Saint-Denis-sur-Richelieu

During the REBELLIONS OF 1837 it became a centre for the PATRIOTES who fought against and forced the retreat of Colonel Charles Gore's troops. In retaliation, the village was burned (see ST-DENIS, BATTLE OF).


Saint-Denis-sur-Richelieu

 Saint-Denis, Qué, Municipality, pop 2243 (2006c), 2183 (2001c), inc 1903. Saint-Denis-sur-Richelieu is located on Rivière RICHELIEU, 30 km northwest of SAINT-HYACINTHE. It took its name from the Saint-Denis seigneury, granted in 1694 to Louis de Gannes, Sieur de Falaise, and named in honour of his wife, Barbe Denis. In the early 19th century Saint-Denis was a major centre for grain shipments to Québec City. It also had business dealings with Montréal and was the fastest-developing centre in the lower Richelieu region. It was home to Canada's largest hat-making industry as well as to several craft and pottery workshops.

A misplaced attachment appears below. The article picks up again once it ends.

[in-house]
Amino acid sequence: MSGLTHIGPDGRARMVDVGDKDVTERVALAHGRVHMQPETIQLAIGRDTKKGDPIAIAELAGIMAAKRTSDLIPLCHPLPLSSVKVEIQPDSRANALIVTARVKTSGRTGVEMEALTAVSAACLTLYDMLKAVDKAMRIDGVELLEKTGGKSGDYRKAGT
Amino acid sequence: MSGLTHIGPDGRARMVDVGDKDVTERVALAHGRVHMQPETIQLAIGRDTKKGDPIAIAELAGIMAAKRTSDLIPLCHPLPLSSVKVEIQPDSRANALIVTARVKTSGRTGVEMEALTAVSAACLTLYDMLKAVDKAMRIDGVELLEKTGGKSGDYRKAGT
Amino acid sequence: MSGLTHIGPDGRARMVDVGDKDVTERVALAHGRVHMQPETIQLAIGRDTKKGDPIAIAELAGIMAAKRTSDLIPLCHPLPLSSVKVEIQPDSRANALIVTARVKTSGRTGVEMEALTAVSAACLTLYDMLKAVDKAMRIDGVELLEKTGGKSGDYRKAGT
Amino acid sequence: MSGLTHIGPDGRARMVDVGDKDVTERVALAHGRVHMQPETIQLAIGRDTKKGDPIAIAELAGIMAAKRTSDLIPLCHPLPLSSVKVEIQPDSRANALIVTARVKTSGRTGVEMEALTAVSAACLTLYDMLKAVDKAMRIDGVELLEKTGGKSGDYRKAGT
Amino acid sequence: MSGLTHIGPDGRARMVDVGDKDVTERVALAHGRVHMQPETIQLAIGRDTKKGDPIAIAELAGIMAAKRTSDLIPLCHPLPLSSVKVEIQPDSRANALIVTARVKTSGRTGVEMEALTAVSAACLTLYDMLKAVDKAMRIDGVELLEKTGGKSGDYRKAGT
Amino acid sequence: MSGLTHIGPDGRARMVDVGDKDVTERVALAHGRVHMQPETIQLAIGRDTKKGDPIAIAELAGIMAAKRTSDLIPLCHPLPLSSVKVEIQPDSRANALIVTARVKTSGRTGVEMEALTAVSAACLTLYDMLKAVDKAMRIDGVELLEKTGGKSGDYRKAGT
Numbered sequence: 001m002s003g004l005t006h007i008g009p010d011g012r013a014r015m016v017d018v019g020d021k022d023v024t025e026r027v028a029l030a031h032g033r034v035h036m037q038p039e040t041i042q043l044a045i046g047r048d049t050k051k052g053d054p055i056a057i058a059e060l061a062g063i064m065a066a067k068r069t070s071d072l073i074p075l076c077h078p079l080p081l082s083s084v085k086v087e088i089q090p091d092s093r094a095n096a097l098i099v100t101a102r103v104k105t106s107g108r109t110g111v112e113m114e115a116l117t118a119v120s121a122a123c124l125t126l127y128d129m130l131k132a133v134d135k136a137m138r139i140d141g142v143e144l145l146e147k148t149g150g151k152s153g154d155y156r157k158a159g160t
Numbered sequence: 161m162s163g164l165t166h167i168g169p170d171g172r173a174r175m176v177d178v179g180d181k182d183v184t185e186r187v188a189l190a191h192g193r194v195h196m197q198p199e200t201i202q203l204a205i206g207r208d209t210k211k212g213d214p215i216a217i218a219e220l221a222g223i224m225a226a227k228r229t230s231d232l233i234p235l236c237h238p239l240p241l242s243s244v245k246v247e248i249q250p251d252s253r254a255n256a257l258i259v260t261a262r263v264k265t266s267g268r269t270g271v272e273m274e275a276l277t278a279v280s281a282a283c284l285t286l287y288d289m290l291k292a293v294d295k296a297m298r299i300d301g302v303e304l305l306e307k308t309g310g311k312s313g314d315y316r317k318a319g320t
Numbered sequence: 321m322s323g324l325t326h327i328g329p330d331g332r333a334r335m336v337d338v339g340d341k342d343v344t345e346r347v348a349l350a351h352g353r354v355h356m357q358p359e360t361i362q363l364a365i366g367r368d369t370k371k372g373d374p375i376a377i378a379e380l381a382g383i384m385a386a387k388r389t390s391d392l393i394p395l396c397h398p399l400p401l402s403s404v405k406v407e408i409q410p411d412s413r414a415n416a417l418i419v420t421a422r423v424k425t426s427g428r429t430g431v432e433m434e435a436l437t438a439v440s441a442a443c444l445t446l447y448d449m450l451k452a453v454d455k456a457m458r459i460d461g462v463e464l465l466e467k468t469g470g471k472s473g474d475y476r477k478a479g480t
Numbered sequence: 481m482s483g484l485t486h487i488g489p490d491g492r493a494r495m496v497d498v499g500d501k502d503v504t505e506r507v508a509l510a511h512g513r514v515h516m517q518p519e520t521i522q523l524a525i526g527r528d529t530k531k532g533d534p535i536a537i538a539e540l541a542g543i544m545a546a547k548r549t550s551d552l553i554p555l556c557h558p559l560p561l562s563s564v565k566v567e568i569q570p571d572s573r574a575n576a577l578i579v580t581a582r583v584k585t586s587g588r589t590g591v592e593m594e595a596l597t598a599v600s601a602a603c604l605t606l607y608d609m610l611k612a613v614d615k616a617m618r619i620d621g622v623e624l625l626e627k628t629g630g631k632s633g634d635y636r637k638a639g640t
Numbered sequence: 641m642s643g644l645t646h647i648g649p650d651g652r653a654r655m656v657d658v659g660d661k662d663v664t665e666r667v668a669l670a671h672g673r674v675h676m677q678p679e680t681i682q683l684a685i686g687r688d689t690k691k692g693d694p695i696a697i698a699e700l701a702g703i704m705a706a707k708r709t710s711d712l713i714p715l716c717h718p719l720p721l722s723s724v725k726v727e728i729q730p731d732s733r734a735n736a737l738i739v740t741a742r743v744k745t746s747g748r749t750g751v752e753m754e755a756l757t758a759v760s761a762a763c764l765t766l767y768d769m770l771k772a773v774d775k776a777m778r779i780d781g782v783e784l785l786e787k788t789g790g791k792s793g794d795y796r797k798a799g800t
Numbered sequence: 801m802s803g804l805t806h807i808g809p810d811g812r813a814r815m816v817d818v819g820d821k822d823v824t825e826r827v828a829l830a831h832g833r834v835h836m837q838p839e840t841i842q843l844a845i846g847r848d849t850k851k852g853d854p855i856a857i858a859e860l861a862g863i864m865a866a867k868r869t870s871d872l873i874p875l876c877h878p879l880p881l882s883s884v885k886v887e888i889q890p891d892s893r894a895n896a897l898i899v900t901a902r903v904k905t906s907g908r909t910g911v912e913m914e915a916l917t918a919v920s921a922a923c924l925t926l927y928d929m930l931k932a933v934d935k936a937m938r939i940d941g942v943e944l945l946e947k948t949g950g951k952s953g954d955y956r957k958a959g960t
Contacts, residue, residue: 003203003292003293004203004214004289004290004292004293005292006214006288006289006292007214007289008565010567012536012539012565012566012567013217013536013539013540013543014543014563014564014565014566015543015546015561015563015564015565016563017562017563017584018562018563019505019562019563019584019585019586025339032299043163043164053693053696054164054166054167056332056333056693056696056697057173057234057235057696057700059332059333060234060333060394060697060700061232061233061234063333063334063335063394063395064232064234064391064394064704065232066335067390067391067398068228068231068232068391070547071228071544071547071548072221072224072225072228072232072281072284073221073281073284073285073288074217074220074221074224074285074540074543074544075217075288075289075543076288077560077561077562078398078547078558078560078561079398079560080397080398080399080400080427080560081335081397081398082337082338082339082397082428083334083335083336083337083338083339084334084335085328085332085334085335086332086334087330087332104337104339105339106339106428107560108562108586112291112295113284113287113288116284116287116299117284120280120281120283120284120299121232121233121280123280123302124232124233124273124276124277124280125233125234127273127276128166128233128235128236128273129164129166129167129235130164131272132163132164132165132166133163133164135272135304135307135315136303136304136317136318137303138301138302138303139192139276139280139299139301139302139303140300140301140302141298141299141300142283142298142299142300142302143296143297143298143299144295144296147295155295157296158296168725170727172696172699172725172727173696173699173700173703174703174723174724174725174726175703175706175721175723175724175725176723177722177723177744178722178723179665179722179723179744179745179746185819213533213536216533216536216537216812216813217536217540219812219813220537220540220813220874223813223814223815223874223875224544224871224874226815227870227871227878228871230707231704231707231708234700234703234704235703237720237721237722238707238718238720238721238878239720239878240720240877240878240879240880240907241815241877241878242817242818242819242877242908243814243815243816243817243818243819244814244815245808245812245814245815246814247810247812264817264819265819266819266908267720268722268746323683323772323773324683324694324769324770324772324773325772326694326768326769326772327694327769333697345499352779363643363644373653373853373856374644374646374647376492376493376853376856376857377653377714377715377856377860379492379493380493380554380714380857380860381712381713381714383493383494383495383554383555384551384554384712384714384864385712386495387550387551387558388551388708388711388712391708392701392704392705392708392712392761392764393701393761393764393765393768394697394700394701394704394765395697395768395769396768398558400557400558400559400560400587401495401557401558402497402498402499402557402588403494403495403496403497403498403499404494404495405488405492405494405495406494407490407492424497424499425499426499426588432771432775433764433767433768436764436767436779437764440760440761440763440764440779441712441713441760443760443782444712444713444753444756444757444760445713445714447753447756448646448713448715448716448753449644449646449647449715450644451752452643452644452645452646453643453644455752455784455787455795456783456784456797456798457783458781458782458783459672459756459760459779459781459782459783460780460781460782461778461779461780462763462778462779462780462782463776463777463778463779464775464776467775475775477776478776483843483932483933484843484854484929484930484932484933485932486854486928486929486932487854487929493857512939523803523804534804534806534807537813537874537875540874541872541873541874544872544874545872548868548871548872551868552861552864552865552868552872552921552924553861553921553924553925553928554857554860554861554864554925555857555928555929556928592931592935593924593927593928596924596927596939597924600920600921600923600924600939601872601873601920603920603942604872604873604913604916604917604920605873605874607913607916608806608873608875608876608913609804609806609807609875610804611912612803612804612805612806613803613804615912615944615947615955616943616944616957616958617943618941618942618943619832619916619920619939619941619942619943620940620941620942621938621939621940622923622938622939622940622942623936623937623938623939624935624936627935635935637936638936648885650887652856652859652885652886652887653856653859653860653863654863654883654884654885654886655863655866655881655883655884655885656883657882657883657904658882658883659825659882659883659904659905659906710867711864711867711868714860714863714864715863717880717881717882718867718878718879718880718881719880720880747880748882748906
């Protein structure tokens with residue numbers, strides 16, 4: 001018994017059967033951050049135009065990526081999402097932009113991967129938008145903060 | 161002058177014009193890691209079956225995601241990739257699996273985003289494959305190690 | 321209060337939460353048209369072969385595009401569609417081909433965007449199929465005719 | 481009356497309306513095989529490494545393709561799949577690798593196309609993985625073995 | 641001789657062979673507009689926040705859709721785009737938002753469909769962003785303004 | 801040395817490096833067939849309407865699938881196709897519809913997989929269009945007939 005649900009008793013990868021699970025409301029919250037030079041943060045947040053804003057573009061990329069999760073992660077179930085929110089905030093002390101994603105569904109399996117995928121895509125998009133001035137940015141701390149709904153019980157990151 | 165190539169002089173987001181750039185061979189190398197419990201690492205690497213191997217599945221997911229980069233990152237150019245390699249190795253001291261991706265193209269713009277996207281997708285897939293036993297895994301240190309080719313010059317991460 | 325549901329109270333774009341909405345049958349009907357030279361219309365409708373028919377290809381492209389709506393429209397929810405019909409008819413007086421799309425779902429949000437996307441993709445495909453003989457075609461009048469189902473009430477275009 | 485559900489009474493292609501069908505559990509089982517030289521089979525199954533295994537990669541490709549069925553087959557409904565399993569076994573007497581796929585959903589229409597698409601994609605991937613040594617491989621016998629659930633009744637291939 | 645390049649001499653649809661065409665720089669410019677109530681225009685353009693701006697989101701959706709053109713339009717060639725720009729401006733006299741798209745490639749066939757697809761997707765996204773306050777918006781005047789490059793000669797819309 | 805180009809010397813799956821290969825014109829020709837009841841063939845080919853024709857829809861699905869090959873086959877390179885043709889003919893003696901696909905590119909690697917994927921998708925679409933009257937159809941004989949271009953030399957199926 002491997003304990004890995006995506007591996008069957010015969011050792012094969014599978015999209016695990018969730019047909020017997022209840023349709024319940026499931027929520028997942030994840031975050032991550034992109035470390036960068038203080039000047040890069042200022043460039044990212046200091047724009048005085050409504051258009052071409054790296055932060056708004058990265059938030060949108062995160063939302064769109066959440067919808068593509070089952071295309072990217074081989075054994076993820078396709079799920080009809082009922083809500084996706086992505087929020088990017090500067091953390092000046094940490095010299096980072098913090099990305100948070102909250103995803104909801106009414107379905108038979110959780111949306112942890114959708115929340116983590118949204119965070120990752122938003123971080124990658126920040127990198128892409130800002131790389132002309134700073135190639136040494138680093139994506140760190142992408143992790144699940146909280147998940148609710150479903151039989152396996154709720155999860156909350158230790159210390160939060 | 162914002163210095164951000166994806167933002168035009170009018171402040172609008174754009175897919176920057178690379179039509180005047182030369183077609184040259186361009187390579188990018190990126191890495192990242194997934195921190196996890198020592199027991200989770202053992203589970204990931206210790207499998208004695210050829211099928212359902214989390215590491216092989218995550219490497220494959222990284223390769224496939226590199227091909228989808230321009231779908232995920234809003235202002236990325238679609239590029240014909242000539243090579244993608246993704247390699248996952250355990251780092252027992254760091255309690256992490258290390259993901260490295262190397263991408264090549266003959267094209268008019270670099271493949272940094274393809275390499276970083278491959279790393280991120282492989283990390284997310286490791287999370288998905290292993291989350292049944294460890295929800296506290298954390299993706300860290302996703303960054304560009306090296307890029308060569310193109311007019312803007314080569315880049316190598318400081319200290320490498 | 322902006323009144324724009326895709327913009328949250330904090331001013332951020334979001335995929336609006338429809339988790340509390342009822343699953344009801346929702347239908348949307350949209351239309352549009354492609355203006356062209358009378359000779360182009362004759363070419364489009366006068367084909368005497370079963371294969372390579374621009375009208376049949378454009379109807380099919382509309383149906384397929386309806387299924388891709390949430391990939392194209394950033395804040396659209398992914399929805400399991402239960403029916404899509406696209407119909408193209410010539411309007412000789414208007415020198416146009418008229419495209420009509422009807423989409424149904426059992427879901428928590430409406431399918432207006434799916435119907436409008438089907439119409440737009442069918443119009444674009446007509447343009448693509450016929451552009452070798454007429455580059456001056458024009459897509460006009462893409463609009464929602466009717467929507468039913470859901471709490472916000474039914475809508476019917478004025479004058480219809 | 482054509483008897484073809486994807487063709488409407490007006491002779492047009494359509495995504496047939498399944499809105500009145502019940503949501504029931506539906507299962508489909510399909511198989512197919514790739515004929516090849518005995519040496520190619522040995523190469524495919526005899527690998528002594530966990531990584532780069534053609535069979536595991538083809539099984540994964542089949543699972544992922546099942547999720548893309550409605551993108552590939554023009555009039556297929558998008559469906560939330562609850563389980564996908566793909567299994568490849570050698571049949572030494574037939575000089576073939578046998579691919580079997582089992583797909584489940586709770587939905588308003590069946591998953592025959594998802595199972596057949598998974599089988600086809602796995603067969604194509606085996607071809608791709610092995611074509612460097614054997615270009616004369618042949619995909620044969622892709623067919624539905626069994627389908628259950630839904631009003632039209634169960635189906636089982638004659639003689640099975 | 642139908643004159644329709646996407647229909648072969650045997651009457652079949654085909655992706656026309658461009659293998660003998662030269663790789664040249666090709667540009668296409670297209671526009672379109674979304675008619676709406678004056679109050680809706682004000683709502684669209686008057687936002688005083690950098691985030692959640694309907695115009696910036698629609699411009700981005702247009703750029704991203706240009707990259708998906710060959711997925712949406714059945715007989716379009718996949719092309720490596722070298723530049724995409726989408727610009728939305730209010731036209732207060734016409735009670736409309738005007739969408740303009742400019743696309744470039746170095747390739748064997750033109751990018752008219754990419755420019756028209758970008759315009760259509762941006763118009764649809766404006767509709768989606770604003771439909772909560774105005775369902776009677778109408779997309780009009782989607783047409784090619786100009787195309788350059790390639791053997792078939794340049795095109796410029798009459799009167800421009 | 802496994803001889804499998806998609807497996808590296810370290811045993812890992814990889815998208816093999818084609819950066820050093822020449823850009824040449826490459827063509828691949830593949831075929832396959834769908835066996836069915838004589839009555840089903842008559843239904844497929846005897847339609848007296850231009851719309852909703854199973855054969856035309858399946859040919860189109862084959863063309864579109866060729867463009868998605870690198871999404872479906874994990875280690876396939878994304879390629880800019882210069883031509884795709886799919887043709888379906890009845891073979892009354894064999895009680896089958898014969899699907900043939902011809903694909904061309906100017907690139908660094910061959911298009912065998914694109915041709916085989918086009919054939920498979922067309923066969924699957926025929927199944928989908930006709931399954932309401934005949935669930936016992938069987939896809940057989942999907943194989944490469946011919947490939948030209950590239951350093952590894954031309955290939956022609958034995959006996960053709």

During the REBELLIONS OF 1837 it became a centre for the PATRIOTES who fought against and forced the retreat of Colonel Charles Gore's troops. In retaliation, the village was burned (see ST-DENIS, BATTLE OF). The development of the railway and the automobile caused Saint-Denis to decline as a commercial centre and become the centre of a thriving dairy industry.